President Obama seems to know this will be coming. Last night immediately after his acknowledgment about raising taxes on the rich, he said:
Now, let me be clear. Let me be absolutely clear, because I know you’ll end up hearing some of the same claims that rolling back these tax breaks means a massive tax increase on the American people. If your family earns less than $250,000 a year, a quarter-million dollars a year, you will not see your taxes increased a single dime. I repeat: not one single dime.
In fact — not a dime.
In fact — in fact, the recovery plan provides a tax cut — that’s right, a tax cut — for 95 percent of working families. And, by the way, these checks are on the way.
That’s the same defensiveness on the Bush tax cuts we’ve heard all too often among Congressional Democrats over the past eight years. I would think the President can and should take a bolder, braver position. Governor Jindal in his GOP response indicated the Republicans still are incapable of seeing deficit-financed tax cuts as having anything to do with our deficits:
Democratic leaders say their legislation will grow the economy. What it will do is grow the government, increase our taxes down the line, and saddle future generations with debt. Who among us would ask our children for a loan, so we could spend money we do not have, on things we do not need? That is precisely what the Democrats in Congress just did. It’s irresponsible. And it’s no way to strengthen our economy, create jobs, or build a prosperous future for our children.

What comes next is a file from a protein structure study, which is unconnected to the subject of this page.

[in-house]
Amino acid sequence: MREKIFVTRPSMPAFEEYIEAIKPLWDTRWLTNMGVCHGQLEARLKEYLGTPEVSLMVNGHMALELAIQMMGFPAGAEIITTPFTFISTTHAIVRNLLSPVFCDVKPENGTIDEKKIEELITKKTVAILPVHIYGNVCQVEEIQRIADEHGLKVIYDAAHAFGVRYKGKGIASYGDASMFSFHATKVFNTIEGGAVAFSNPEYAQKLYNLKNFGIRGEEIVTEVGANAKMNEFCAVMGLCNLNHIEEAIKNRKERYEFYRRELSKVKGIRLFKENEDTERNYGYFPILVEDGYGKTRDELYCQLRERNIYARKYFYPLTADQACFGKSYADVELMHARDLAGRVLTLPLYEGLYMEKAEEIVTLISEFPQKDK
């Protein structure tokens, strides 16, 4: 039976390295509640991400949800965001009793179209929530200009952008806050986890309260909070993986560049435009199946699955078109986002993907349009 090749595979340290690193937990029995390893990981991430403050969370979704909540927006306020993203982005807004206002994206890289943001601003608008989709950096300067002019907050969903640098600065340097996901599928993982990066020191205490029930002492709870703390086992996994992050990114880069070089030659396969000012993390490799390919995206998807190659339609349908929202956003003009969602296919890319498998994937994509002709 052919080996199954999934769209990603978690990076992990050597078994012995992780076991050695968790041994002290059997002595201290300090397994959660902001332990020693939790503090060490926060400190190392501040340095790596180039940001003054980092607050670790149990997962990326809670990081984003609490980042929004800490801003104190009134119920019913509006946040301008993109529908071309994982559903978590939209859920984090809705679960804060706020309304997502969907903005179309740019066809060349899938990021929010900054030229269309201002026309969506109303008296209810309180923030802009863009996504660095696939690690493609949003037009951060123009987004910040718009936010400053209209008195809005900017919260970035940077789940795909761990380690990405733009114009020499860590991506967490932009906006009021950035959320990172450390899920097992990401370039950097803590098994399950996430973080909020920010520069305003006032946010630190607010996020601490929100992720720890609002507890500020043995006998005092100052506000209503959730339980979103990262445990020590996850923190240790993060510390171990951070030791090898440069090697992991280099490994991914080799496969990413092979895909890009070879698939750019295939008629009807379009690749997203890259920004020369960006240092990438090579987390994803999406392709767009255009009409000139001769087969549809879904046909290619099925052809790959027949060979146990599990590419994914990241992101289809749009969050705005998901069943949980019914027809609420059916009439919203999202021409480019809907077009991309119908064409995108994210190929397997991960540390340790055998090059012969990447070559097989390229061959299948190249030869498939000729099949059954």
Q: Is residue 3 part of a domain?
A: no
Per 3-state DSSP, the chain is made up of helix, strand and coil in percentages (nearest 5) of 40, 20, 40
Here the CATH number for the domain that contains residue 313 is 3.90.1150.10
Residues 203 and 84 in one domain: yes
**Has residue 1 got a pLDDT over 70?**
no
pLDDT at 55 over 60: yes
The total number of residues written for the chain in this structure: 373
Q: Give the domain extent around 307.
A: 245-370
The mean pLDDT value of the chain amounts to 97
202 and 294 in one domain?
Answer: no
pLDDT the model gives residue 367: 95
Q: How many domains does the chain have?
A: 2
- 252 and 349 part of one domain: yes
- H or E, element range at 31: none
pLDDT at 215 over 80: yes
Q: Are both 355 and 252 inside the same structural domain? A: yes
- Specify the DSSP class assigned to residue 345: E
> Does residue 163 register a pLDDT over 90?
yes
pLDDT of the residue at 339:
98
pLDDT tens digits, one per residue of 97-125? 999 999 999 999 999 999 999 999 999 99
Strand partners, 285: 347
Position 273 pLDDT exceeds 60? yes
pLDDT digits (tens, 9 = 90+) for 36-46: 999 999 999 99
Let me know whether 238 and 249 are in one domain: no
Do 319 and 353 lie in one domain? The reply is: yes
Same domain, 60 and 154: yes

Yet the Republicans cheered at the President’s remarks on fiscal responsibility last night (this from the transcript vs. prepared remarks):
And there is, of course, another responsibility we have to our children, and that’s the responsibility to ensure that we do not pass on to them a debt they cannot pay. That is critical. [CHEERS from both Republicans and Democrats]
I agree, absolutely.
See, I know we can get some consensus in here.
With the deficit we inherited, the cost of the crisis we face, and the long-term challenges we must meet, it has never been more important to ensure that, as our economy recovers, we do what it takes to bring this deficit down. That is critical…
So I think what President Obama and the Democrats in Congress need to do is stop talking about ending “the Bush tax cuts.” Start talking about moving forward with tax policy in a fiscally responsible and fair way, so that we are committed to paying for all the new and critically-needed investments our citizens and elected officials are interested in pursuing in a genuinely bipartisan or “post-partisan” way. The substance of what the Obama Administration wants to propose for tax policy need not change very much; I think it’s largely a question of how to frame and message it. And look at who we have to handle that message! He can do it.